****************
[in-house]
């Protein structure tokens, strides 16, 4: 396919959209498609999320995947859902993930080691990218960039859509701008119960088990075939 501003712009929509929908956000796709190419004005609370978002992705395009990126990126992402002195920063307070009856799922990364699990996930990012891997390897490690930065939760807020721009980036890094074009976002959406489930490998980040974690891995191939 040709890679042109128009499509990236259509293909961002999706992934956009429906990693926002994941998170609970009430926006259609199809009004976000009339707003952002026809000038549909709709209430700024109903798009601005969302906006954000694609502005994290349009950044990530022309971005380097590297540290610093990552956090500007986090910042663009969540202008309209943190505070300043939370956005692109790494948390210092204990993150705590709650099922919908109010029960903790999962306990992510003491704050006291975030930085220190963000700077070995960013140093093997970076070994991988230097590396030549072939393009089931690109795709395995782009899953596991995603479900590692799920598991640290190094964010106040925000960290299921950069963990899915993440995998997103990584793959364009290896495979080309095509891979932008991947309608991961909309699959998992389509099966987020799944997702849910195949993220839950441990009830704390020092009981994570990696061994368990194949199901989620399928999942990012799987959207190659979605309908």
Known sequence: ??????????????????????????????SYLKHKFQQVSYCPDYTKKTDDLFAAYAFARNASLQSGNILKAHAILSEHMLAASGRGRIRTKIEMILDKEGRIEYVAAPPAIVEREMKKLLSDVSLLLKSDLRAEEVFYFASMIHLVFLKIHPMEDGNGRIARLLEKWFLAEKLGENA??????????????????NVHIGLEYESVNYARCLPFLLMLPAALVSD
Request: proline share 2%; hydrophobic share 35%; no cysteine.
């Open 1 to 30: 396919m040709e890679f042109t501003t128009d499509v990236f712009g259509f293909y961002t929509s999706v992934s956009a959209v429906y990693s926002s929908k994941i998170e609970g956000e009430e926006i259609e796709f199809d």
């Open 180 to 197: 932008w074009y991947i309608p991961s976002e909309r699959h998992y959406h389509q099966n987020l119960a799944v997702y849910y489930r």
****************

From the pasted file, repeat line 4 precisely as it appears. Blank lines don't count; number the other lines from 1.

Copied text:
Request: proline share 2%; hydrophobic share 35%; no cysteine.